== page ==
This weekend, fans will gather for the Kentucky Derby, North America’s favorite horse racing event. Fans will place bets for the likes of Black Onyx, Oxbow and Frac Daddy and cheer on the horses and their jockeys as they gallop around the track. But watching the races and enjoying the spring weather aren’t the Derby’s only draws. Traditional also calls for bountiful cups of icy mint juleps sipped alongside a hearty bowl of burgoo, a Kentucky favorite often served at the event.
In the mid-19th century, Kentucky’s Henry Clay was no stranger to the delights of the mint julep. The University of Kentucky provides a favorite recipe, straight out of Clay’s diary—the words of a true disciple of the drink:
The mint leaves, fresh and tender, should be pressed against a coin-silver goblet with the back of a silver spoon. Only bruise the leaves gently and then remove them from the goblet. Half fill with cracked ice. Mellow bourbon, aged in oaken barrels, is poured from the jigger and allowed to slide slowly through the cracked ice.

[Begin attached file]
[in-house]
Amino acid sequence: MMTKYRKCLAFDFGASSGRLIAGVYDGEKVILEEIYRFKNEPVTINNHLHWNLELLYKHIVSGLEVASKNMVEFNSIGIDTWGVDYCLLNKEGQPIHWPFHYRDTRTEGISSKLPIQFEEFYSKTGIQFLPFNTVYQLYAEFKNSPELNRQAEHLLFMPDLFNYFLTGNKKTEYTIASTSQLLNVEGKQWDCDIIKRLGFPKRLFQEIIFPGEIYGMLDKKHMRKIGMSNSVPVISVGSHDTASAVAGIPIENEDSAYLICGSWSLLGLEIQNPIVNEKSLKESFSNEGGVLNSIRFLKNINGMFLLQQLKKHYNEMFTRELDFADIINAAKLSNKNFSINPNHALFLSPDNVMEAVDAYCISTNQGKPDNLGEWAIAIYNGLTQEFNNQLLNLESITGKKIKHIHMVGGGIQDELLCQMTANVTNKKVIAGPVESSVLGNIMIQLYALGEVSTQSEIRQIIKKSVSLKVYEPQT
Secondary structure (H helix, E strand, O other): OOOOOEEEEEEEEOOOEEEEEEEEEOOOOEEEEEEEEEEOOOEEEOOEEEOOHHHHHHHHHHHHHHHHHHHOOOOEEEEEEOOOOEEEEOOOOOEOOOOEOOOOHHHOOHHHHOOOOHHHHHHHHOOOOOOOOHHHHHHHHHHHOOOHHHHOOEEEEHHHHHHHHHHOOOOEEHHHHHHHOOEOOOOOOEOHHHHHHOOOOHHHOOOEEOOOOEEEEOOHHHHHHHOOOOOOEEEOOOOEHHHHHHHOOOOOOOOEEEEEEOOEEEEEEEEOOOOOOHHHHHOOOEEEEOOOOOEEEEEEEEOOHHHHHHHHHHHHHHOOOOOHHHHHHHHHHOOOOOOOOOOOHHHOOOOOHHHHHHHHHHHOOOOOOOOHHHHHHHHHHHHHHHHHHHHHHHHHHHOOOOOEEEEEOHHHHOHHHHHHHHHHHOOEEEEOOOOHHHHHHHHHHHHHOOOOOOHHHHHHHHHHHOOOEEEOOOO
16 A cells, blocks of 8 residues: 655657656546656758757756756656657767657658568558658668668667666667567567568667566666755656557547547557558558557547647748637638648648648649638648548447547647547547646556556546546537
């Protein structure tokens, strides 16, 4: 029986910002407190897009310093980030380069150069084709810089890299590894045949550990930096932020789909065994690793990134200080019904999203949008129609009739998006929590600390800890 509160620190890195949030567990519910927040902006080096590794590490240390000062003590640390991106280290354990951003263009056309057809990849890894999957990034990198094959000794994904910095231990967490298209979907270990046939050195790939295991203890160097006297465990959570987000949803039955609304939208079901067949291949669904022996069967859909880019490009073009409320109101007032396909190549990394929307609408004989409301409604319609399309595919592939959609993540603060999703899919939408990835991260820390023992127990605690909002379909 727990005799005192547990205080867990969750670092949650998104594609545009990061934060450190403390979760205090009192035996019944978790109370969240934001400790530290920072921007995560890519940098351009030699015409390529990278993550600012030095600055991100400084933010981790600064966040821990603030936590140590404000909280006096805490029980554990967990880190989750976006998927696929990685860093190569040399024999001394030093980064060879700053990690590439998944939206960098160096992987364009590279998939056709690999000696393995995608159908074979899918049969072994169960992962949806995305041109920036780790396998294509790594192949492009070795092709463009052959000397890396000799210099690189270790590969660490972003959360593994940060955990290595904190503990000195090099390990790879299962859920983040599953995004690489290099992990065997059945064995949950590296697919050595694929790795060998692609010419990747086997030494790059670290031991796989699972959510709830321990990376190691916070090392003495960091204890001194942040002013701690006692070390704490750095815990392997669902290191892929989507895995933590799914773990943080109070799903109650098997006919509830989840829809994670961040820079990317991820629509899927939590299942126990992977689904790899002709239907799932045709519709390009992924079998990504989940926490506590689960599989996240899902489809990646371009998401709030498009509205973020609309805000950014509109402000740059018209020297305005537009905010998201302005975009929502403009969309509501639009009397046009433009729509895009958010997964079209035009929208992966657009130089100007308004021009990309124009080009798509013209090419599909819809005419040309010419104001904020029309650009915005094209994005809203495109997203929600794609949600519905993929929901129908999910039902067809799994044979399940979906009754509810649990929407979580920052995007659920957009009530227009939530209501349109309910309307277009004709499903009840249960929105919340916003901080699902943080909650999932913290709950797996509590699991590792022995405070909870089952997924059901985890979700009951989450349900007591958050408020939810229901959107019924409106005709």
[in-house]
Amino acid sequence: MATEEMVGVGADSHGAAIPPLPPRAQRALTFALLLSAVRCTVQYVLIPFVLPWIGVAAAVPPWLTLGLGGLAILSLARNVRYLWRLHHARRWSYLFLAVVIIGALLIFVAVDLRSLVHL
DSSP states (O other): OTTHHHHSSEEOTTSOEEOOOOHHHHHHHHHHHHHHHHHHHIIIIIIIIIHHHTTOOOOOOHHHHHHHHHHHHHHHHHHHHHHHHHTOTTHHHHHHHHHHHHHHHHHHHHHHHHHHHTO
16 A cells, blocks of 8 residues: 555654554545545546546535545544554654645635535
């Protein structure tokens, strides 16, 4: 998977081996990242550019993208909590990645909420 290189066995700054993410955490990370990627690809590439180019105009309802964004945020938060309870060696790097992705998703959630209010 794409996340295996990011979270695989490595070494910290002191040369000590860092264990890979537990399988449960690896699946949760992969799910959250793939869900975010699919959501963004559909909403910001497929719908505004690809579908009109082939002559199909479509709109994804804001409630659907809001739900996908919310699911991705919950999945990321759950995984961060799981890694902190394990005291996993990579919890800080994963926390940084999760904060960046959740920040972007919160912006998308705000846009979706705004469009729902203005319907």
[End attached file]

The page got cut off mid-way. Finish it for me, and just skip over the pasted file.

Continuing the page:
In another receptacle, granulated sugar is slowly mixed into chilled limestone water to make a silvery mixture as smooth as some rare Egyptian oil, then poured on top of the ice. While beads of moisture gather on the burnished exterior of the silver goblet, garnish the brim of the goblet with the choicest sprigs of mint.
As for burgoo, it’s a spicy stew made of beef, chicken, pork and veggies. Back in Clay’s days, however, burgoo could include a bit of whatever animal happened to be around, including venison, raccoon, squirrel, opossum or wild birds. That’s probably how it earned the appetizing nickname of “roadkill soup.”
While wild animals are probably lacking in most pots of burgoo today, each restaurant’s offerings do provide a unique culinary experience since no two places use the exact same blend of spices and ingredients. If you’d like to try and concoct your very own spin on burgoo, Epicurious has a recipe for Kentucky bourbon burgoo, or take your pick from the many other versions on offer.
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